Building Relationships at AWP

Being a writer means sometimes being a little awkward. I’m awkward, you’re most likely awkward, the people sitting next to you in your writing classes are most likely awkward. And that’s okay, that just means we have a better chance of understanding each other. And while you’re at AWP 98 percent of the people you’ll meet will most likely be a little off center as well. So don’t worry if this happens to you:

I smiled wide and said, “Hey, how are you?”

The lady who sat behind the large table just blinked at me, her wide eyes just staring. I stared back and I stood there in the silence wondering if I could just dash away and start over again. She pushed her lit magazine towards me. “Are you going to buy a copy?” she said.

I looked at her again, the silence was horrible, while everyone around us was loud and vibrant. I bought a copy. It was five dollars.

 

This wasn’t the last time I had an awkward interaction with someone. Even when I was working behind the table of BULL lit mag there were several people that just came up to me and wouldn’t look me in the eye or respond to anything I said. And that’s okay, sometimes that type of social situation happens, but just be prepared for it.

 

Here are some helpful hints that you might want to follow if you ever go to his wonderful convention!

 

Don’t introduce yourself right off the bat, if you do someone people think that you’re just there to sell your work. Partially that’s kind of why you came to AWP, but you mostly went because you want to learn something, make connections within the community, and/or see old friends that you can’t visit on the regular!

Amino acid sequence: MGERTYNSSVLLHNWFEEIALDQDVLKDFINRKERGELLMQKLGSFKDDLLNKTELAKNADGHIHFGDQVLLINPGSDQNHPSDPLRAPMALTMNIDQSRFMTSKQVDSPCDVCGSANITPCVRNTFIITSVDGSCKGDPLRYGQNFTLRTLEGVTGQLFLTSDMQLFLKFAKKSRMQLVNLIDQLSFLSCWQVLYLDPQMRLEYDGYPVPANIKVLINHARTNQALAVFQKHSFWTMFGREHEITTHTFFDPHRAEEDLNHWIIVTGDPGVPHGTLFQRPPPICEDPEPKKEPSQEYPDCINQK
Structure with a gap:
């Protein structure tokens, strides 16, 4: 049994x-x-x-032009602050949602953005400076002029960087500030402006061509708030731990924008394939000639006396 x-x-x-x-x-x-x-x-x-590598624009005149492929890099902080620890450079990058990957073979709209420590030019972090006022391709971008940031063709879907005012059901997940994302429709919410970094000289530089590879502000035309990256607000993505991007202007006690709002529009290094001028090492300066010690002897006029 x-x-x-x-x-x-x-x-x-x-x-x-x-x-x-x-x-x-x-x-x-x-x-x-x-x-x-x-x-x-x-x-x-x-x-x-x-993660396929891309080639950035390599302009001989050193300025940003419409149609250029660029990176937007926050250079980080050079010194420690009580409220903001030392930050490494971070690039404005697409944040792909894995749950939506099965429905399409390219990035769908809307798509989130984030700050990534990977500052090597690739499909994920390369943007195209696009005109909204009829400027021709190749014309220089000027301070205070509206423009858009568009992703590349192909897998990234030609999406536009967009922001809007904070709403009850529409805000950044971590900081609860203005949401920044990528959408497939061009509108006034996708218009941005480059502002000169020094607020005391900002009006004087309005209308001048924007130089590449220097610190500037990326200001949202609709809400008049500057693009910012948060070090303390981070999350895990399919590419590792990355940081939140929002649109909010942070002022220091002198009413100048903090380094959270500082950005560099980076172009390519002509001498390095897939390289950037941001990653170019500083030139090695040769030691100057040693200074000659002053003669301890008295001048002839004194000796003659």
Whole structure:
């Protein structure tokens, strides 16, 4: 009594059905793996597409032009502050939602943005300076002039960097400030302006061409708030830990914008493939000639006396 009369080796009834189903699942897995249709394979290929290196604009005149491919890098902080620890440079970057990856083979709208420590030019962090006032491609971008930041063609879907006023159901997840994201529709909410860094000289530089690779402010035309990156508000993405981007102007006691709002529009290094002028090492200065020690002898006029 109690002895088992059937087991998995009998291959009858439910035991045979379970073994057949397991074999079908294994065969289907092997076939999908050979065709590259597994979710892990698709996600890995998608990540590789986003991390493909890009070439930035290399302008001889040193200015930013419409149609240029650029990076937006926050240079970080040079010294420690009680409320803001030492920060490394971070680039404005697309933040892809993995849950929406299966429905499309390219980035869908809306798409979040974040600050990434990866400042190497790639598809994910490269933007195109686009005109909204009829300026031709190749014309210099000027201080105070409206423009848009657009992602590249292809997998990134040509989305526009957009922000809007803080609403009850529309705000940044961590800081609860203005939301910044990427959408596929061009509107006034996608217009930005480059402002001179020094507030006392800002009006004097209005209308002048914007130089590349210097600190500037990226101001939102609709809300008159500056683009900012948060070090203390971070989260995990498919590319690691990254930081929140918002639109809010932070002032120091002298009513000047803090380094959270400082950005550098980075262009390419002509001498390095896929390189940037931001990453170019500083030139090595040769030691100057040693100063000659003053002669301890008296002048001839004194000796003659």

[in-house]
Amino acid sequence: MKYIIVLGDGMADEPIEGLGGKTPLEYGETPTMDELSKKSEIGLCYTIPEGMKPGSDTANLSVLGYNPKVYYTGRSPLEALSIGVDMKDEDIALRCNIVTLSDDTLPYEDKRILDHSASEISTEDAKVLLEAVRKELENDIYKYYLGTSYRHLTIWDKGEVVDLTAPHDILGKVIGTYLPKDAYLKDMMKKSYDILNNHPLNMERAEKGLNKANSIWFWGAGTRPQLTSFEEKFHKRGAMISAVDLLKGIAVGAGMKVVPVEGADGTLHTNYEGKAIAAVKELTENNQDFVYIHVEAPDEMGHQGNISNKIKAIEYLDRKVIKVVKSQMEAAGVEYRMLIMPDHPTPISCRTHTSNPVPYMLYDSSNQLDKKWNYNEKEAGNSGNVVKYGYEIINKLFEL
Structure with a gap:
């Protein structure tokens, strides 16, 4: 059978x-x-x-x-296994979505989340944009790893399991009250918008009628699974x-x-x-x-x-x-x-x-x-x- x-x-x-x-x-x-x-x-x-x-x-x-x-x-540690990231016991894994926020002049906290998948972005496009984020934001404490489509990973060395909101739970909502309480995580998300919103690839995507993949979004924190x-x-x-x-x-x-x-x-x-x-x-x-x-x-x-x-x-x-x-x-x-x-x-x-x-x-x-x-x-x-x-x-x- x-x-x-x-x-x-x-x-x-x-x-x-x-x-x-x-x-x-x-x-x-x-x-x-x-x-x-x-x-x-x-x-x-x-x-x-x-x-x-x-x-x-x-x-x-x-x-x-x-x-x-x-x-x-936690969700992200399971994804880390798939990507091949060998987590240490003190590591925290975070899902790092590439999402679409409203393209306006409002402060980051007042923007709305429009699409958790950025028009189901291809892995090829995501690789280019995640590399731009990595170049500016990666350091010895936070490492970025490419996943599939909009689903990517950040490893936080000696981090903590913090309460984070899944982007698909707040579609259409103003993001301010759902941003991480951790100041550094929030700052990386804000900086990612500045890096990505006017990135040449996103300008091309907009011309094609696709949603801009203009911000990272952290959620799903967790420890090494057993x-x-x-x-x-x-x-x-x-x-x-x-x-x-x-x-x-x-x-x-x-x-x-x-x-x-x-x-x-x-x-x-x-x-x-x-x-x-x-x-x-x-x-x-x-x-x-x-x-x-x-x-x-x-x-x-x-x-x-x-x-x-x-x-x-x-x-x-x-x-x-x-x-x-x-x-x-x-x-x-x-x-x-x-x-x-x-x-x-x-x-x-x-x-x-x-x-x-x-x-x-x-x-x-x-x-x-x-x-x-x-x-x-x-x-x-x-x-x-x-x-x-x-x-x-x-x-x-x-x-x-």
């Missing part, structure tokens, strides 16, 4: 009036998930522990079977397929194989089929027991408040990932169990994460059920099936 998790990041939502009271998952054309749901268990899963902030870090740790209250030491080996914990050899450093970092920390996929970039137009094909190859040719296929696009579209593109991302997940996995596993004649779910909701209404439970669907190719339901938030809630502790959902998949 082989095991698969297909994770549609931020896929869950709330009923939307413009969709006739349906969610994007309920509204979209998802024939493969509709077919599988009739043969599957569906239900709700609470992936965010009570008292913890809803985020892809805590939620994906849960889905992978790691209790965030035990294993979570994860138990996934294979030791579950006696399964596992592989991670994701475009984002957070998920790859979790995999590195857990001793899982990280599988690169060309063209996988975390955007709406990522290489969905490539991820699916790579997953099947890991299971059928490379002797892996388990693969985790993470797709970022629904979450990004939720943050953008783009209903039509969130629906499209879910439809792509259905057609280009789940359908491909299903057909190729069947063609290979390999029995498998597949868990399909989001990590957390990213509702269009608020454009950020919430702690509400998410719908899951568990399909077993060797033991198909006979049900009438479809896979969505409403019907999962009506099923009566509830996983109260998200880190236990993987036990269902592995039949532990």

If you’re trying to network remember that you’re a person, they’re a person and we all like being people together and that’s how you actually network. They want to know that you don’t just want to be there for your own good but for the well being of writers in general. Part of being in the community is supporting each other, if you support them they are more likely to support you. And you begin to build a web.

 

Try to put yourself out there, go to panels, talk to the people next to you, talk to the people around you at the book fair. If you don’t try, you won’t make friends! And it’s worth it, I promise.


And remember that we’re all human. It’s okay to be awkward because we can all be awkward. Just put yourself out there, be nice to others and continue writing.

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